But, i miss it. I miss going to sleep with the huge book splayed open somewhere in the middle on the pillow next to me. I miss sneaking a peak forward to see how long i had to wait for another Pemulis appearance. Infinite Jest became a placeholder in my life for the dependency that it reviles … on entertainment, on liquor, on drugs, on other people … watching the characters in their endless dance of all of the above and even more left me free to do what i needed to do in my life without feeling the elastic pull of any of my various addictive tendencies in one direction or another.
As soon as i finished the last seven pages my grandmother was in the room, chirping like a bird. I had somehow managed to stave her off by showing her how close to finished i was, but i found myself without a defense and my first thought was “i need a drink.” I’ve never needed a drink before; in fact, i haven’t been drinking especially often lately. Suddenly, it became the focal point of my day: coming home to my empty apartment and getting blitzed enough so that everything was fuzzy around the edges like a peach and i could simmer quietly down into silence and sleep. Imagining the slippery slope to unconsciousness i might take later was enough to save me from the endless bickering of my septuagenarian family-members, and to get my on the plane.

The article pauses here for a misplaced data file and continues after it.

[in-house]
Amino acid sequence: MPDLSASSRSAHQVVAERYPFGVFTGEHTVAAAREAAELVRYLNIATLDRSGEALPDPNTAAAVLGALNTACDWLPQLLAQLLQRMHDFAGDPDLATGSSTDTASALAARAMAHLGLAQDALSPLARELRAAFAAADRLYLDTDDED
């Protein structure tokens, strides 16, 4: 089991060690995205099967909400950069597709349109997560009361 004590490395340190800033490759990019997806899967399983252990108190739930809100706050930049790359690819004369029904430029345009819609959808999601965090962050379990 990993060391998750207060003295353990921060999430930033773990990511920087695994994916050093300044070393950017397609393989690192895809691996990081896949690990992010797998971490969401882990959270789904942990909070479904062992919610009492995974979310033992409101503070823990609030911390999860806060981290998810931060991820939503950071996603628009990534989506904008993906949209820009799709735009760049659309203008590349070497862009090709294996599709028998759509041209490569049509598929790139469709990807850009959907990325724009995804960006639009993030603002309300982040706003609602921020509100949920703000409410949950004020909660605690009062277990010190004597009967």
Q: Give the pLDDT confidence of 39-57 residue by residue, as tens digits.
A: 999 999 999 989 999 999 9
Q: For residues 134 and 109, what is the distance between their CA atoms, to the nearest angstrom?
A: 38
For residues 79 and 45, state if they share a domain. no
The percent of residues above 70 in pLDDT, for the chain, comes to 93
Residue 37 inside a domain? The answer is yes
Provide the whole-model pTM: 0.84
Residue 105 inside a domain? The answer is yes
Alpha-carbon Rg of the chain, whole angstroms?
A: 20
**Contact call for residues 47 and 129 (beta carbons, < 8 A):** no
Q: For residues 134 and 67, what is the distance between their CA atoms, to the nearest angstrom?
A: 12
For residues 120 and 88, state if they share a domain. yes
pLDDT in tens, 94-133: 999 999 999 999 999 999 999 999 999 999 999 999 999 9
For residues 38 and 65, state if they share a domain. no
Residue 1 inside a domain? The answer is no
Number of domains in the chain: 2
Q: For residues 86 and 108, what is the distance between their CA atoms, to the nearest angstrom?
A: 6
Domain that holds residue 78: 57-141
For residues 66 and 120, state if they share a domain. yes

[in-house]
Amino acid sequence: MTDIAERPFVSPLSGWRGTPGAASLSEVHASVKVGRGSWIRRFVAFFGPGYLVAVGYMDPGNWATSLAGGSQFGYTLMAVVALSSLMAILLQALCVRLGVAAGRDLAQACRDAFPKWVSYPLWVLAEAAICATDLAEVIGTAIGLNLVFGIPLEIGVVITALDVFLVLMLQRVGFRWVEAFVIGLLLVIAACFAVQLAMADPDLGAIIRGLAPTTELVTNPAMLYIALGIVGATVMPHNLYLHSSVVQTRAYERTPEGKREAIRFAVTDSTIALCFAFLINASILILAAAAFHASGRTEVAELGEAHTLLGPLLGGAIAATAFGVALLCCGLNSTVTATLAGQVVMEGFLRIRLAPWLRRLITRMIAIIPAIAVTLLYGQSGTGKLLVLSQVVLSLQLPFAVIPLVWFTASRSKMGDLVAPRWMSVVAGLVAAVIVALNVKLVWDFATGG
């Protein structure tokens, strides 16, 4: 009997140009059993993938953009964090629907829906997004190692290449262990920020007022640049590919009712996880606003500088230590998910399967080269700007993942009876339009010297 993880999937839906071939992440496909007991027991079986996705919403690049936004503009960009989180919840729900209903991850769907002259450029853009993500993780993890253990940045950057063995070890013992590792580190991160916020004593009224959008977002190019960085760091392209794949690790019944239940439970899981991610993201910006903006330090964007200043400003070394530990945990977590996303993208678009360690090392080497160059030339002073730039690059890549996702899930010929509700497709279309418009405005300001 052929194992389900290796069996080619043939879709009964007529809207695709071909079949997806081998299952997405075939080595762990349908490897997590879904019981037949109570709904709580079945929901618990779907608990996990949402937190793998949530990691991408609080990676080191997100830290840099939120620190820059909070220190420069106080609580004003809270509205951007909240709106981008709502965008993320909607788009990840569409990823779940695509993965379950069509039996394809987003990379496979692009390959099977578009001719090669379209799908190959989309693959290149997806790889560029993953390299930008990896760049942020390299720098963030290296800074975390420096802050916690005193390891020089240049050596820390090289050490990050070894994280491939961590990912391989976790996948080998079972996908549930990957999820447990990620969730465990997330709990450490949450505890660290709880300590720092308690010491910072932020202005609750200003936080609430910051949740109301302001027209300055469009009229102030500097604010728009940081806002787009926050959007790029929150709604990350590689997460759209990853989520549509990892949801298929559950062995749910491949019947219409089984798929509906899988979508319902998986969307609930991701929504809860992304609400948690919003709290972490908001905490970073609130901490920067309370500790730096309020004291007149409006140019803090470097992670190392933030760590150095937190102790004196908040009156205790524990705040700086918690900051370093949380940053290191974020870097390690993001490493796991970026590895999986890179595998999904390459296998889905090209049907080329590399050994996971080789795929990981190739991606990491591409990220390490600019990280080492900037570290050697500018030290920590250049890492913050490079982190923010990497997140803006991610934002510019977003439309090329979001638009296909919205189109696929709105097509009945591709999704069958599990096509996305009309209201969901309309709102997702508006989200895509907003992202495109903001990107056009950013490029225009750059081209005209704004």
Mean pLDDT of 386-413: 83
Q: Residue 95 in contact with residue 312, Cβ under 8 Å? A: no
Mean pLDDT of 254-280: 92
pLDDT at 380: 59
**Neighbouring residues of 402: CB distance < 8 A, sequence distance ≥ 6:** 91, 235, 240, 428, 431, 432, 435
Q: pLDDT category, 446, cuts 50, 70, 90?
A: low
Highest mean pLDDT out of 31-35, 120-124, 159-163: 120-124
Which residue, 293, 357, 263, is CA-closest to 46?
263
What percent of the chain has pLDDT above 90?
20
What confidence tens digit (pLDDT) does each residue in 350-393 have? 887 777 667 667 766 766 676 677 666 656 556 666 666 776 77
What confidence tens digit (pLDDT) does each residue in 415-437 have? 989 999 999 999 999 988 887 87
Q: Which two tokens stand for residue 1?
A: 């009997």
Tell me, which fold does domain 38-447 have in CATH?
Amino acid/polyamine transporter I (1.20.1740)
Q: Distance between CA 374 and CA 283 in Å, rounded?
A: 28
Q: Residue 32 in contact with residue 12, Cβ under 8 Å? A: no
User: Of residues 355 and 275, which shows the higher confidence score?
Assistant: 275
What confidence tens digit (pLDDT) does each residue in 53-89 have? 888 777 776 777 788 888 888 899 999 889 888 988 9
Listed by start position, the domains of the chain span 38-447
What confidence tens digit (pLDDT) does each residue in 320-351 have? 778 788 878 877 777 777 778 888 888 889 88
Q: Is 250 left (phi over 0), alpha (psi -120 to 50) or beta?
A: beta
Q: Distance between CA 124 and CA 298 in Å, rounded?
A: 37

When i left the hospital i wanted, more than anything else, to be somewhere other than in my own head. Yes, i wanted to go home. Yes, i was hungry. Most of all, though, i was craving an opportunity to poke at my perceptions and rattle my reasons. I wanted to feel disconnected in a wholly opposite way from how i felt in the hospital. And, i did. It was perhaps the most excruciatingly stupid single night of my life, but i woke up the next morning with that binge-stupidity as a tangible buffer between my sick and confined self and my well self — the two never saw an intersection because i made sure to remove myself from where they might’ve met.
This has become the function of substance to me, suddenly … separation. I’ve always thought that anything potentially addictive would be dangerous when it stopped just being fun and started being useful and i was entirely right, but i managed to forget about the entire situation while i had that thick book on my pillow filled with its own endless fucked up addicts to draw my escapism from. Now it’s gone, and i am set back to my continuing reality.
And, importantly: alone — no more characters to keep me up at night. So, maybe it wasn’t a reaction to the novel, but to the mental company it provided.
I’m not sure. I’m going to sleep on it.